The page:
Boy with a Fishing Pole

  • Unidentified, Boy with a Fishing Pole, ca. 1840, oil, Smithsonian American Art Museum, Gift of William Boswell in memory of H. Curley Boswell, 1973.152.2

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With his wide eyes, flushed cheeks, and curls, this young fellow evokes an ideal of boyhood. Childhood in the nineteenth century was seen as a too-brief stage in life, much like the fleeting moment the artist caught in this image. Boys were encouraged to exert themselves outdoors, with fishing, sledding, swimming, and ball games. An active life taught young boys to be competitive and tough, and helped them to grow into confident and successful men, a role that was not as far off as the boys might have imagined. (Mintz, Huck’s Raft: A History of American Childhood, 2004).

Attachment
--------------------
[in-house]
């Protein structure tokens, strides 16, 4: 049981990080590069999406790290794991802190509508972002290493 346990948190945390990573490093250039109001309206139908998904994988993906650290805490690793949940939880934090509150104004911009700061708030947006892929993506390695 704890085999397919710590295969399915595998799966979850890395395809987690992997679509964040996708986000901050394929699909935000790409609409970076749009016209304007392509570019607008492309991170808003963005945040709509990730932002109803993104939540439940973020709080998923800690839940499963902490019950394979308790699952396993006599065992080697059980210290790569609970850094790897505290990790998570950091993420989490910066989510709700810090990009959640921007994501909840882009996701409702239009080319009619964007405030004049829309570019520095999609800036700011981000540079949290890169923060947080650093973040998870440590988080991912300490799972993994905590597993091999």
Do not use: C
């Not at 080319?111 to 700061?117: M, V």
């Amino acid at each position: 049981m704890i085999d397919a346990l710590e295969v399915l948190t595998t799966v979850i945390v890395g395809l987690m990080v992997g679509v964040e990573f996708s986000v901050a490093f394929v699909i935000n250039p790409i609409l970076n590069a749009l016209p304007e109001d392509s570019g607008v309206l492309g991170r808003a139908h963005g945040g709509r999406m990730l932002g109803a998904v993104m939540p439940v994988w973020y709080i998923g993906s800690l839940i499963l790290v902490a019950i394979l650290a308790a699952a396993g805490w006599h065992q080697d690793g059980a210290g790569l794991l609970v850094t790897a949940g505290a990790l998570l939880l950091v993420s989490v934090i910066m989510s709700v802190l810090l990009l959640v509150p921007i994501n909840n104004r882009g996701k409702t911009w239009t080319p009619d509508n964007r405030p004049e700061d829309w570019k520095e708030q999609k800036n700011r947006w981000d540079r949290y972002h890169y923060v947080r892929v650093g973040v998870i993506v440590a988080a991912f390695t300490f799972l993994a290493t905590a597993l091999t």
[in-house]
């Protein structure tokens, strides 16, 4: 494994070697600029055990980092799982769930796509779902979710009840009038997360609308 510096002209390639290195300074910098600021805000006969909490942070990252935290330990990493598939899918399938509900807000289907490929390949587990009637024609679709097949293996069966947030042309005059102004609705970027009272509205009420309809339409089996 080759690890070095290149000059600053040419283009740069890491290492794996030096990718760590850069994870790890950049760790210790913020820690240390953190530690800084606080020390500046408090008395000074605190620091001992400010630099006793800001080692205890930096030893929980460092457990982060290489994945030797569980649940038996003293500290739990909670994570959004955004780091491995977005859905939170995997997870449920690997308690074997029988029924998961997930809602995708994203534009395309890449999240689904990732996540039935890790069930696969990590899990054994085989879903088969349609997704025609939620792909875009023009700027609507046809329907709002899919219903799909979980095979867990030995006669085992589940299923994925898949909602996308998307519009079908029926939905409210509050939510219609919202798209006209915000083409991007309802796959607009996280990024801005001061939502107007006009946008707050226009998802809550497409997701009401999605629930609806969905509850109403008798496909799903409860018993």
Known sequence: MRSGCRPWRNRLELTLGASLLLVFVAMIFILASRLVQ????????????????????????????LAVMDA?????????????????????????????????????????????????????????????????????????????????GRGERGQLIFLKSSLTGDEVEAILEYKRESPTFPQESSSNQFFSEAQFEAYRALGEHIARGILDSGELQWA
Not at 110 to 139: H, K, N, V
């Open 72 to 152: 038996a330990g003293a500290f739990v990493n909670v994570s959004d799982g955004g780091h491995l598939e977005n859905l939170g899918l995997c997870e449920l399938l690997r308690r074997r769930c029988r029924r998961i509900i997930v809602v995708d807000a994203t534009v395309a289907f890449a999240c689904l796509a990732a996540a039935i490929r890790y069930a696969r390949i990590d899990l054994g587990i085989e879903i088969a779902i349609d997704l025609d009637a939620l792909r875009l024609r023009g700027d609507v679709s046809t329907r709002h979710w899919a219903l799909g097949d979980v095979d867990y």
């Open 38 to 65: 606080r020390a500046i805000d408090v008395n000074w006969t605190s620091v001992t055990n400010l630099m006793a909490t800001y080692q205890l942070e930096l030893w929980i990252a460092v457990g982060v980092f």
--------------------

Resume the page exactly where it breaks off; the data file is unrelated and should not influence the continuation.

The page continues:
Boy with a Fishing Pole
ca. 1840
On View
27 1/8 x 21 5/8 in. (69 x 55 cm.)
Credit Line

Smithsonian American Art Museum

Gift of William Boswell in memory of H. Curley Boswell

  • Portrait male – unidentified – child
  • Recreation – sport and play – fishing
  • Portrait male – unidentified – waist length
Object Number
Linked Open Data
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